N + R event description and analysis

by Rachel Mayeri Friday, Dec. 07, 2001 at 4:28 AM

Below is a discription and discussion of the N + R event.

In the context of media monopoly, and the censorship of

network news by the military, alternative media is

scoring some successes. A well-attended event at Los

Angeles Contemporary Exhibitions, organized by Nomads

and Residents, brought together three activists who are

using video and the internet to bring about political

and cultural change. The presentation stimulated an

energetic debate among the participants and the

audience about media representation and U.S. actions in

Afghanistan, demonstrating the continued importance of

face-to-face discussions outside of university and

other institutional forums.

Meena Nanji began the evening by showing a pilot for

her documentary about Afghan refugee women in camps in

Northern Pakistan. When asked about her thoughts about

the now well-known documentary, "Beneath the Veil," by

Sarai Shah, she said that the documentary had failed to

provide political and historical context for the

condition of women in Afghanistan. She spoke about the

difficulty for documentary-makers to receive funding or

be distributed (as Shah's piece was by CNN - with

substantial editing) when their work does connect

social realities with political action. She left the

day after the discussion for Pakistan to continue to

work on her project.

Shahid Nadeem, a playwright and TV director from

Pakistan, showed an episode of his series of television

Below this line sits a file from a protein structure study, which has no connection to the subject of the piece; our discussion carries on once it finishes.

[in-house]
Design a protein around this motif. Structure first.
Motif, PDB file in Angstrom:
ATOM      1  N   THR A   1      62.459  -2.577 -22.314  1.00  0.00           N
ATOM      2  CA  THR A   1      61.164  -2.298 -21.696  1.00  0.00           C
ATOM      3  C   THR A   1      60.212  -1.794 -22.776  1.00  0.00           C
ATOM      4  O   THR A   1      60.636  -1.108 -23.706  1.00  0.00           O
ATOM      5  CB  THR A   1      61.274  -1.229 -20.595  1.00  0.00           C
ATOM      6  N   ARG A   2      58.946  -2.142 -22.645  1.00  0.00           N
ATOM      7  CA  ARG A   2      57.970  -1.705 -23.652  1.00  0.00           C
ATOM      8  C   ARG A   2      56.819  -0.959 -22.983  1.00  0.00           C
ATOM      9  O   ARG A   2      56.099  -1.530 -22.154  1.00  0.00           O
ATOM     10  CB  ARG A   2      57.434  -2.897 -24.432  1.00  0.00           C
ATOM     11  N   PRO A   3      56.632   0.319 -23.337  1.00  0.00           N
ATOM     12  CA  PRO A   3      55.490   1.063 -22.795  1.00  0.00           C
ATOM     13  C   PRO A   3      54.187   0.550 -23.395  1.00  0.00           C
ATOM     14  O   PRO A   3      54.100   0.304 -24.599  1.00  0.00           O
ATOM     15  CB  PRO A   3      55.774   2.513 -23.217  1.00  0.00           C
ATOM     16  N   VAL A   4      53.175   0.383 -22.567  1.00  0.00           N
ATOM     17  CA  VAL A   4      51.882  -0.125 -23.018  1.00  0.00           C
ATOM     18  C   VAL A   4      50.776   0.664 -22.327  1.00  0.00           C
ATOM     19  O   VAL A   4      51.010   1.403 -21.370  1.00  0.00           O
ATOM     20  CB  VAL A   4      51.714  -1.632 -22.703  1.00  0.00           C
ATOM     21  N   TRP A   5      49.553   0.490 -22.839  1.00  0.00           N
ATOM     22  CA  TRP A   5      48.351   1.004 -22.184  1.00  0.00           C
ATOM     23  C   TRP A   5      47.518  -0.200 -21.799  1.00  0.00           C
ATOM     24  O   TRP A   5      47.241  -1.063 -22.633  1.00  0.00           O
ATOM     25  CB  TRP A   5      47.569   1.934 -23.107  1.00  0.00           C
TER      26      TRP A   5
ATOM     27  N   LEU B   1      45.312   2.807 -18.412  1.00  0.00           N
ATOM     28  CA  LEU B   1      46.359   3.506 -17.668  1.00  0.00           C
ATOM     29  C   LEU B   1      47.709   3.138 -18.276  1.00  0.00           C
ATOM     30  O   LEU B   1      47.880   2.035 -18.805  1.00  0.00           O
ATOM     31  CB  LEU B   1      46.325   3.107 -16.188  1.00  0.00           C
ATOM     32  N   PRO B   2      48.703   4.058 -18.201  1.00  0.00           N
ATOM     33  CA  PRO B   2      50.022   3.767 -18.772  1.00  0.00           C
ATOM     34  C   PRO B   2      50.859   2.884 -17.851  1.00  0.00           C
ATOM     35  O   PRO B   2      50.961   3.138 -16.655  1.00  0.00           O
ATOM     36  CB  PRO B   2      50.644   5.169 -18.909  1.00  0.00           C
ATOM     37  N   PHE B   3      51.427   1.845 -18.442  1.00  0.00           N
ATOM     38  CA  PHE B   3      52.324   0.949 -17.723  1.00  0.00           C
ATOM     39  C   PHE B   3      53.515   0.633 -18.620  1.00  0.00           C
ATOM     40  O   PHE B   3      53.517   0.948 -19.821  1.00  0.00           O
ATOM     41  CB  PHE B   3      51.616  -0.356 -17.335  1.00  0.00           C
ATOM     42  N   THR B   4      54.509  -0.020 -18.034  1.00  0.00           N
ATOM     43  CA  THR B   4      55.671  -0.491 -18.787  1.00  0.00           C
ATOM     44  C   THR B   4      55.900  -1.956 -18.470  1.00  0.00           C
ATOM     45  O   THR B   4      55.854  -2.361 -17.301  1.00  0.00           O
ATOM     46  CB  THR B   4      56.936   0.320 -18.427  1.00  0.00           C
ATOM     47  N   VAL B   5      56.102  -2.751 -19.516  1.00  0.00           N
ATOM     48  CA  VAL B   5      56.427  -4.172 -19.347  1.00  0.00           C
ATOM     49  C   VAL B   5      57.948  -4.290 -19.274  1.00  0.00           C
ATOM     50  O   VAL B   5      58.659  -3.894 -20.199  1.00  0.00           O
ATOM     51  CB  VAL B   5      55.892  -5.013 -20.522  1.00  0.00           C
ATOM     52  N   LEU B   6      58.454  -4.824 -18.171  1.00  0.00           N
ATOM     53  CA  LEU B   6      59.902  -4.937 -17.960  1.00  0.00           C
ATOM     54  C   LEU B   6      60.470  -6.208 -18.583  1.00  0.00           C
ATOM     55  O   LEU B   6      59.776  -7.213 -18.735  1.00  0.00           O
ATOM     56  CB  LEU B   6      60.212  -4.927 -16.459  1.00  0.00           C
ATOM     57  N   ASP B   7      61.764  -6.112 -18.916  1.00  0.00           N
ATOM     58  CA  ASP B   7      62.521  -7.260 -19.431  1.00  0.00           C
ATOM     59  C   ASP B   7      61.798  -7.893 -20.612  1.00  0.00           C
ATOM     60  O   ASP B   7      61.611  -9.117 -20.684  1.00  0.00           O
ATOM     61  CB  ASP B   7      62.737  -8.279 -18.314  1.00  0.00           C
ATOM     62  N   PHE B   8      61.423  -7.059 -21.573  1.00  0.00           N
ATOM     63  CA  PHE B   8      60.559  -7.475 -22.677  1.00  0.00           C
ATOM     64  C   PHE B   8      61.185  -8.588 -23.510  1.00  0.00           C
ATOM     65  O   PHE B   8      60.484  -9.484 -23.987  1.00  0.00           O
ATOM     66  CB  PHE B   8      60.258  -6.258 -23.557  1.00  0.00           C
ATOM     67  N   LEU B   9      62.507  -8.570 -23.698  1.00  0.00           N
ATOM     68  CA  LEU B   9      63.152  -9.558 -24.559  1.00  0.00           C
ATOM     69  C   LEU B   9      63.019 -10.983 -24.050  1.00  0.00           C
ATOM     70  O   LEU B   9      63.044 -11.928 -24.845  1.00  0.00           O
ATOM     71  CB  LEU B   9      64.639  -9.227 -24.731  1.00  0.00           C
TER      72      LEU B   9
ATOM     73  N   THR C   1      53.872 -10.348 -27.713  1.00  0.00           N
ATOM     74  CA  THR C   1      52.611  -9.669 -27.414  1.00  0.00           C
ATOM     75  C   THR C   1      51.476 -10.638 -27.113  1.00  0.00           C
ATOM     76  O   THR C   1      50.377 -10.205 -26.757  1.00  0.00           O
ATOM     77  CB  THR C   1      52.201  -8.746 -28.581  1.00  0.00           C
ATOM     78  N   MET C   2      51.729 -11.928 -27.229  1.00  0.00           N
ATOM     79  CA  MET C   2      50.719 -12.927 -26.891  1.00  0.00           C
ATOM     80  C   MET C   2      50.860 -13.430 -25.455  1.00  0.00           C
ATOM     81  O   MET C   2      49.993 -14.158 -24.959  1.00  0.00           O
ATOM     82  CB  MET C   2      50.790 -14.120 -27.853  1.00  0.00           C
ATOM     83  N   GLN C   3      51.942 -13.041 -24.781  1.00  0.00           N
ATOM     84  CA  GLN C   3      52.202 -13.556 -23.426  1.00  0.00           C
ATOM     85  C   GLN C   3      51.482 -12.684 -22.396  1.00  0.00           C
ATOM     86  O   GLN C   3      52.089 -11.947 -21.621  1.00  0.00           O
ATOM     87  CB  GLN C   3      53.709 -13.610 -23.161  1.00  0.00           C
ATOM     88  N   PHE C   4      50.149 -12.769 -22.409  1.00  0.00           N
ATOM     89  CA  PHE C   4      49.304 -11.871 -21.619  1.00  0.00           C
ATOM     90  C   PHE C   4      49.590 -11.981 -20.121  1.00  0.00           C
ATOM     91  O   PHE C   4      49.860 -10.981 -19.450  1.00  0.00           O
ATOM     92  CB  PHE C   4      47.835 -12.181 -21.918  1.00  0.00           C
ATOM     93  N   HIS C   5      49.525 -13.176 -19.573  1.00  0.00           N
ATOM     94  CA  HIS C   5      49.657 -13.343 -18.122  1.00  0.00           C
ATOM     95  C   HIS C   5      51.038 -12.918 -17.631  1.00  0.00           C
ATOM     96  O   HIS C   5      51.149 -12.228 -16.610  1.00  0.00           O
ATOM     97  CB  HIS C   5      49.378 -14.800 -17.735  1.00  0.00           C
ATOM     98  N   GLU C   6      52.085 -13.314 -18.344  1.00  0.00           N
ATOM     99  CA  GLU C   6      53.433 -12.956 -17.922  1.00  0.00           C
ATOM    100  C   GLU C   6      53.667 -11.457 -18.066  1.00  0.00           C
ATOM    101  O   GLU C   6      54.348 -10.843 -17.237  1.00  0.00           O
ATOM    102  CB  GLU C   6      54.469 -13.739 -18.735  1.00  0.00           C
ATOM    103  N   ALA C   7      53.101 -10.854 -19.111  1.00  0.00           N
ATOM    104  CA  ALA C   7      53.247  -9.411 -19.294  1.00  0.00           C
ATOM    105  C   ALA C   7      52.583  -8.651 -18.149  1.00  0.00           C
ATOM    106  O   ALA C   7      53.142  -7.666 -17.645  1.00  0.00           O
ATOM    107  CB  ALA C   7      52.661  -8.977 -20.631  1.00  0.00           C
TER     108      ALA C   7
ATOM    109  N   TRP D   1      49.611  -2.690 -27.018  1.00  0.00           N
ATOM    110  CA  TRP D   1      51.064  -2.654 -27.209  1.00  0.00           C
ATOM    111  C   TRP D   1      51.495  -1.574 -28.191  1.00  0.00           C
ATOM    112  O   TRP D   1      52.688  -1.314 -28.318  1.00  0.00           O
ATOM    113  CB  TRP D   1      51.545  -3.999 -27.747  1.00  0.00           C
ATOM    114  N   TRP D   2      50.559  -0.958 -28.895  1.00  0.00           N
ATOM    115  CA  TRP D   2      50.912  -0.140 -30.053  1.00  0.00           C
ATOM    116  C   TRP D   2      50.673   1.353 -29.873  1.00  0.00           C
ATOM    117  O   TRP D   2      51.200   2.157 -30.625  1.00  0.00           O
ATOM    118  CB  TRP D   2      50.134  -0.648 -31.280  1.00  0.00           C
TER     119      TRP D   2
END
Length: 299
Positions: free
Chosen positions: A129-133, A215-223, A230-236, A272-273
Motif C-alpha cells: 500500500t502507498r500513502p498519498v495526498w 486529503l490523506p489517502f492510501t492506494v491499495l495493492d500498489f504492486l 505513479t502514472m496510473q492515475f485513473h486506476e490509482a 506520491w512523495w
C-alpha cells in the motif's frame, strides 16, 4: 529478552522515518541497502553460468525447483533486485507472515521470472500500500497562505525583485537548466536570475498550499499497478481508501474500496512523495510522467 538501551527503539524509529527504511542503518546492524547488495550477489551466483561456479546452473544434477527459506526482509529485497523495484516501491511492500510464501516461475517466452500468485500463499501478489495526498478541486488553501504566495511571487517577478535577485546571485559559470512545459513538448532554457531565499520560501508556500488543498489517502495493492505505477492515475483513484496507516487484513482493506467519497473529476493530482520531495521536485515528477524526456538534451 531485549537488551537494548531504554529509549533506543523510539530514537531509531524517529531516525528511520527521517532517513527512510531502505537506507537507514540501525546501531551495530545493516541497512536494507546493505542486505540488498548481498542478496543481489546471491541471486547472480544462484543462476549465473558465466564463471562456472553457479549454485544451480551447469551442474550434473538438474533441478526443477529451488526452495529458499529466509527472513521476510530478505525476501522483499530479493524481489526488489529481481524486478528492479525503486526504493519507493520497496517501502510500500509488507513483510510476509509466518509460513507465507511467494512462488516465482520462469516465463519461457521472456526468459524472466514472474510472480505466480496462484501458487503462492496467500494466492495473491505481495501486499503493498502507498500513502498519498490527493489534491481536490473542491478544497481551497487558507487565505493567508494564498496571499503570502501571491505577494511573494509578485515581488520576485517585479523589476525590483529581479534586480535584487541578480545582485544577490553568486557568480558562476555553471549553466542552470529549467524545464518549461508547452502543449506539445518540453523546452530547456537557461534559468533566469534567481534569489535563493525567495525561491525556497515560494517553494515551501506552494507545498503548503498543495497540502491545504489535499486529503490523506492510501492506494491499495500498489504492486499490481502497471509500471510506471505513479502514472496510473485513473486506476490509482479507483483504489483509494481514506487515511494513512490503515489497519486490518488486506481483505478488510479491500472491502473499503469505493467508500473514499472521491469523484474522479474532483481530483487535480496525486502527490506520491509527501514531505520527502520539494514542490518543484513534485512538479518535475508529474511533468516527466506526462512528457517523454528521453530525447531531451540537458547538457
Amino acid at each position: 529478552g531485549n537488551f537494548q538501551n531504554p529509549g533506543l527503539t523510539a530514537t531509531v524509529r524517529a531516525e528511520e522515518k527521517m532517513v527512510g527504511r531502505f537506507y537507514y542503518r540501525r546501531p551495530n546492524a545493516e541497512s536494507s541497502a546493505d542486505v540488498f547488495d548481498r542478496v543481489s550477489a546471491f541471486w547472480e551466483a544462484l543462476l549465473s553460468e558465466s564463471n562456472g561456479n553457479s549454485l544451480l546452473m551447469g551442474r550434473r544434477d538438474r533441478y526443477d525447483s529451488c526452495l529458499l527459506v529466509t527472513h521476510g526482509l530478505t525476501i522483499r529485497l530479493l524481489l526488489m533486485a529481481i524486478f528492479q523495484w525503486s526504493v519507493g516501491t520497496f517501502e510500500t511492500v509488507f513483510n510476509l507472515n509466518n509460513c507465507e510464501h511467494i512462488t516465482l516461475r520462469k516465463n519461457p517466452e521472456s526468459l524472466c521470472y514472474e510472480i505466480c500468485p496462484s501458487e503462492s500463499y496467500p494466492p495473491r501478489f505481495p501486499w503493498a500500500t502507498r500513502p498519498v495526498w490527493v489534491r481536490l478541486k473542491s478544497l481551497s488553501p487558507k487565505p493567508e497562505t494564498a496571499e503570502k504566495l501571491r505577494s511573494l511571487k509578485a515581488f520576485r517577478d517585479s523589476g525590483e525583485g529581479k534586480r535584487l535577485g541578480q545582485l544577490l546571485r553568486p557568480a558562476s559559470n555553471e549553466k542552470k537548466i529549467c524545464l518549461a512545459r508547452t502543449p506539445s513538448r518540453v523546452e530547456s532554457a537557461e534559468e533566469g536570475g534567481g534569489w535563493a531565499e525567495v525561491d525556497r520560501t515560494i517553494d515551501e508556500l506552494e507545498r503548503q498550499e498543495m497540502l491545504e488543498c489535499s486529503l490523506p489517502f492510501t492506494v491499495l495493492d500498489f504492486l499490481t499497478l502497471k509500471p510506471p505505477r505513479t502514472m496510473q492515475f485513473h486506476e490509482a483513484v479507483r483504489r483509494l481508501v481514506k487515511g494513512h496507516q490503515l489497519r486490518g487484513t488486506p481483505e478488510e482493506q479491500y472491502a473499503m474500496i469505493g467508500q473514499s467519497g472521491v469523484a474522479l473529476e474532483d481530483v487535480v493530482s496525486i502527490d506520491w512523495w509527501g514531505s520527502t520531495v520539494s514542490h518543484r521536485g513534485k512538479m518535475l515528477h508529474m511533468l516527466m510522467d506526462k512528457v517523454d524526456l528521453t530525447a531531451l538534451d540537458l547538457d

dramas which were shown in Northern Pakistan, in the

ethnic Pashtun region. The episode was based on an

actual account of an honor killing that, surprisingly,

occurred among the professional class. A woman who was

pursuing a divorce from her abusive husband was killed

by her own brother, with her mother and father's

support, in the office of her lawyer. The series has

apparently created an active dialogue among its

audience when it was shown last summer.

Sonali Kolhatkar, part of an organization dedicated to

supporting human rights for Afghan women (Afghan

Women's Mission), discussed the state of the

Revolutionary Association of the Women of Afghanistan

(RAWA). A 0-a-head celebrity-studded fundraiser for

RAWA was occurring later that week at Track 16, an art

gallery in Bergamot Station. Kohatkar noted that the

internet was substantially responsible for spreading

the word about RAWA around the world (although she

bemoaned the endless email petitions spawned by an

naïve activist with an inadequate server).

Original: N + R event description and analysis